Wounding is usually a prerequisite for SWF strike. This may be wounding that occurs naturally such as the navels of newborn animals, or as a result of husbandry practices such as branding or castrating. It can even be from wounds as minor as tick bites. In sheep the fly can strike in the absence of a wound. In sheep the inner corner of the eye and the crutch are common sites for flystrike. The female fly lays her eggs on the edges of a wound and the larvae hatch within 12-20 hours. The larvae burrow deeply into tissue and feed causing extensive destruction. Wounds heal if treated rapidly but if left untreated may become reinfested causing persistent lesions, weight loss and occasionally death. Struck wounds have a strong, offensive odour and animals lick the wounds frequently. The greatest loss of animals is in newborns suffering from navel strike.
For normal view of screw worm fly larvae See file no. BE0383.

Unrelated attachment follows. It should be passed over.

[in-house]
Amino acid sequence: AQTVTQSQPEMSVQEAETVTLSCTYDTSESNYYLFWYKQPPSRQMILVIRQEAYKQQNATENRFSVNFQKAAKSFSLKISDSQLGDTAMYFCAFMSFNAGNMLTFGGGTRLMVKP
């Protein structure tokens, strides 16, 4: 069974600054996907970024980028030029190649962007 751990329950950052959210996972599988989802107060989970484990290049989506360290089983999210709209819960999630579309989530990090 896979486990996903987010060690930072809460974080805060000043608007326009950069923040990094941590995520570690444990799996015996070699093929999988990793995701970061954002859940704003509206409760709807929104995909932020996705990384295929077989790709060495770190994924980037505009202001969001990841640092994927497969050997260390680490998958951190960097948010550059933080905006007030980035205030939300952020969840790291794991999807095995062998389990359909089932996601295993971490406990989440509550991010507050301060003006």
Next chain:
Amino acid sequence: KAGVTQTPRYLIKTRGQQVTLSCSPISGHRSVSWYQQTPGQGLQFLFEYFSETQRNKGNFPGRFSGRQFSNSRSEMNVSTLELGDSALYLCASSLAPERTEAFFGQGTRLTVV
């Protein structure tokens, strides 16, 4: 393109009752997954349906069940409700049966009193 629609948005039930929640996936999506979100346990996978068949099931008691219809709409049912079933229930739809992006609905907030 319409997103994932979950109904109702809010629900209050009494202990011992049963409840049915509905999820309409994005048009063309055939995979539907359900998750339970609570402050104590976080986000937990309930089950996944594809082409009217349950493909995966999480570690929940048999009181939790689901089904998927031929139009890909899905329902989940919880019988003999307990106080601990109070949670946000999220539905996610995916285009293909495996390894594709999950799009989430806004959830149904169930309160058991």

Photographer : Entomology
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<table style="border:1px solid;padding:2px; width:310px;" ><tr><td><a href="https://www.scienceimage.csiro.au/image/52/"><img src="https://www.scienceimage.csiro.au/images/embed/300_0_BE0384.jpg" width="300" alt="Screw Worm Fly Larvae Through Electron Microscope" style="margin: 0 0 5px 0; border: 0px;"></a><br/><a href="https://www.scienceimage.csiro.au/image/52/">Screw Worm Fly Larvae Through Electron Microscope</a><br />by CSIRO</td></tr></table>
Screw Worm Fly Larvae Through Electron Microscope